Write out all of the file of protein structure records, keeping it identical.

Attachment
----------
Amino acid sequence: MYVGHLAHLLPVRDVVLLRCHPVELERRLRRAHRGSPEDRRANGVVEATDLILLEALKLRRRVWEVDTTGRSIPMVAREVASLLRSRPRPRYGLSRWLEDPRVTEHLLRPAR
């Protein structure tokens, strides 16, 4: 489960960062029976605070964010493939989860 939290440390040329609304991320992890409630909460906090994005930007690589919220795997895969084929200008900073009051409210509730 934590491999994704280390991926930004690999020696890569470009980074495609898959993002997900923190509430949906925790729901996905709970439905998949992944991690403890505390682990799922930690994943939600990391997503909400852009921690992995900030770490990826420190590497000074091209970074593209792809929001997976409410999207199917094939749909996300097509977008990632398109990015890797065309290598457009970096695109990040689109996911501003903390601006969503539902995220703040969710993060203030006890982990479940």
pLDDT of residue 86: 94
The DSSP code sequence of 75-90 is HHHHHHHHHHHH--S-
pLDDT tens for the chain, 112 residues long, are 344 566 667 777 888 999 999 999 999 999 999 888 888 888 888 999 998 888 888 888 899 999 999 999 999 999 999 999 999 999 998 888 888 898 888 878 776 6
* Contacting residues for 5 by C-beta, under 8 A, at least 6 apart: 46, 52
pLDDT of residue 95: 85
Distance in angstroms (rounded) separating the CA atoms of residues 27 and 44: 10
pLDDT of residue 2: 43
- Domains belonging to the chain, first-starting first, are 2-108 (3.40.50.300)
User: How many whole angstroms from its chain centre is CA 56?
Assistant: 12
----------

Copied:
Amino acid sequence: MYVGHLAHLLPVRDVVLLRCHPVELERRLRRAHRGSPEDRRANGVVEATDLILLEALKLRRRVWEVDTTGRSIPMVAREVASLLRSRPRPRYGLSRWLEDPRVTEHLLRPAR
């Protein structure tokens, strides 16, 4: 489960960062029976605070964010493939989860 939290440390040329609304991320992890409630909460906090994005930007690589919220795997895969084929200008900073009051409210509730 934590491999994704280390991926930004690999020696890569470009980074495609898959993002997900923190509430949906925790729901996905709970439905998949992944991690403890505390682990799922930690994943939600990391997503909400852009921690992995900030770490990826420190590497000074091209970074593209792809929001997976409410999207199917094939749909996300097509977008990632398109990015890797065309290598457009970096695109990040689109996911501003903390601006969503539902995220703040969710993060203030006890982990479940």
pLDDT of residue 86: 94
The DSSP code sequence of 75-90 is HHHHHHHHHHHH--S-
pLDDT tens for the chain, 112 residues long, are 344 566 667 777 888 999 999 999 999 999 999 888 888 888 888 999 998 888 888 888 899 999 999 999 999 999 999 999 999 999 998 888 888 898 888 878 776 6
* Contacting residues for 5 by C-beta, under 8 A, at least 6 apart: 46, 52
pLDDT of residue 95: 85
Distance in angstroms (rounded) separating the CA atoms of residues 27 and 44: 10
pLDDT of residue 2: 43
- Domains belonging to the chain, first-starting first, are 2-108 (3.40.50.300)
User: How many whole angstroms from its chain centre is CA 56?
Assistant: 12